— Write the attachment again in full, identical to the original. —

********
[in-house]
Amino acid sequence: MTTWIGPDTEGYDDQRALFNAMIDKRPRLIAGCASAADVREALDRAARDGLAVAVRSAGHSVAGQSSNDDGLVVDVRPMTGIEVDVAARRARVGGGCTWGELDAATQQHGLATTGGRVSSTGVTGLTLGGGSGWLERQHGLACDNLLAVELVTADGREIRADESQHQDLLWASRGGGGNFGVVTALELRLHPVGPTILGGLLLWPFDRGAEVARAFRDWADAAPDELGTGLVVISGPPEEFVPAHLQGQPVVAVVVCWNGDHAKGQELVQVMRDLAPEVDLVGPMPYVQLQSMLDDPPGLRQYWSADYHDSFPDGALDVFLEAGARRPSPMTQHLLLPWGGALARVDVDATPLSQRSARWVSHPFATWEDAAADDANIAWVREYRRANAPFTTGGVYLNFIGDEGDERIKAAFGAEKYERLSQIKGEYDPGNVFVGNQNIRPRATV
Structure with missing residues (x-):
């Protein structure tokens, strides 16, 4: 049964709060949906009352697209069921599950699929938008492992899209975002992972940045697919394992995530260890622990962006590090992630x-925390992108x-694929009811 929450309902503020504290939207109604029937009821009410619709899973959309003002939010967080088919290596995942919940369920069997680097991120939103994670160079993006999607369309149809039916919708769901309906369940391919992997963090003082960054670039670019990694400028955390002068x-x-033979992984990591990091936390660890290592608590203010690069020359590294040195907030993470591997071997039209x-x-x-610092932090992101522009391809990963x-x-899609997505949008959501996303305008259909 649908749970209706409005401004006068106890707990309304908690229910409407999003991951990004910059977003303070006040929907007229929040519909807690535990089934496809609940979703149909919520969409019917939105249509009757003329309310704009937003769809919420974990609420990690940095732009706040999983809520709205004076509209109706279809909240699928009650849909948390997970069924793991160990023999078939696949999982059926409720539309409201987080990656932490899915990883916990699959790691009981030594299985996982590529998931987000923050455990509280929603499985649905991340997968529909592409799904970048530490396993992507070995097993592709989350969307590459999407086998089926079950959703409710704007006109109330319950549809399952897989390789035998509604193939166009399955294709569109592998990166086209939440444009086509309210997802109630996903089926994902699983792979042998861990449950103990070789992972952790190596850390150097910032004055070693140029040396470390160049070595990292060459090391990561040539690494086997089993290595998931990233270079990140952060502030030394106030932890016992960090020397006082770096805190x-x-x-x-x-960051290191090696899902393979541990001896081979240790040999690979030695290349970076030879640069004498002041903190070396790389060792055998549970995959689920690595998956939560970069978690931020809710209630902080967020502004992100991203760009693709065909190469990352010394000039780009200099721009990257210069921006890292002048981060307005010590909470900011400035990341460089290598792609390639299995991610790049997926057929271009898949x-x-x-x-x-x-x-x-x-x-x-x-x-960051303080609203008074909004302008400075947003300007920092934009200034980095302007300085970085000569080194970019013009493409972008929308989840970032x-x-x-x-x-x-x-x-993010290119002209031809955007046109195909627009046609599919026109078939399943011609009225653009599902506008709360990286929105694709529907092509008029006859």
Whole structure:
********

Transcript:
[in-house]
Amino acid sequence: MTTWIGPDTEGYDDQRALFNAMIDKRPRLIAGCASAADVREALDRAARDGLAVAVRSAGHSVAGQSSNDDGLVVDVRPMTGIEVDVAARRARVGGGCTWGELDAATQQHGLATTGGRVSSTGVTGLTLGGGSGWLERQHGLACDNLLAVELVTADGREIRADESQHQDLLWASRGGGGNFGVVTALELRLHPVGPTILGGLLLWPFDRGAEVARAFRDWADAAPDELGTGLVVISGPPEEFVPAHLQGQPVVAVVVCWNGDHAKGQELVQVMRDLAPEVDLVGPMPYVQLQSMLDDPPGLRQYWSADYHDSFPDGALDVFLEAGARRPSPMTQHLLLPWGGALARVDVDATPLSQRSARWVSHPFATWEDAAADDANIAWVREYRRANAPFTTGGVYLNFIGDEGDERIKAAFGAEKYERLSQIKGEYDPGNVFVGNQNIRPRATV
Structure with missing residues (x-):
């Protein structure tokens, strides 16, 4: 049964709060949906009352697209069921599950699929938008492992899209975002992972940045697919394992995530260890622990962006590090992630x-925390992108x-694929009811 929450309902503020504290939207109604029937009821009410619709899973959309003002939010967080088919290596995942919940369920069997680097991120939103994670160079993006999607369309149809039916919708769901309906369940391919992997963090003082960054670039670019990694400028955390002068x-x-033979992984990591990091936390660890290592608590203010690069020359590294040195907030993470591997071997039209x-x-x-610092932090992101522009391809990963x-x-899609997505949008959501996303305008259909 649908749970209706409005401004006068106890707990309304908690229910409407999003991951990004910059977003303070006040929907007229929040519909807690535990089934496809609940979703149909919520969409019917939105249509009757003329309310704009937003769809919420974990609420990690940095732009706040999983809520709205004076509209109706279809909240699928009650849909948390997970069924793991160990023999078939696949999982059926409720539309409201987080990656932490899915990883916990699959790691009981030594299985996982590529998931987000923050455990509280929603499985649905991340997968529909592409799904970048530490396993992507070995097993592709989350969307590459999407086998089926079950959703409710704007006109109330319950549809399952897989390789035998509604193939166009399955294709569109592998990166086209939440444009086509309210997802109630996903089926994902699983792979042998861990449950103990070789992972952790190596850390150097910032004055070693140029040396470390160049070595990292060459090391990561040539690494086997089993290595998931990233270079990140952060502030030394106030932890016992960090020397006082770096805190x-x-x-x-x-960051290191090696899902393979541990001896081979240790040999690979030695290349970076030879640069004498002041903190070396790389060792055998549970995959689920690595998956939560970069978690931020809710209630902080967020502004992100991203760009693709065909190469990352010394000039780009200099721009990257210069921006890292002048981060307005010590909470900011400035990341460089290598792609390639299995991610790049997926057929271009898949x-x-x-x-x-x-x-x-x-x-x-x-x-960051303080609203008074909004302008400075947003300007920092934009200034980095302007300085970085000569080194970019013009493409972008929308989840970032x-x-x-x-x-x-x-x-993010290119002209031809955007046109195909627009046609599919026109078939399943011609009225653009599902506008709360990286929105694709529907092509008029006859």
Whole structure: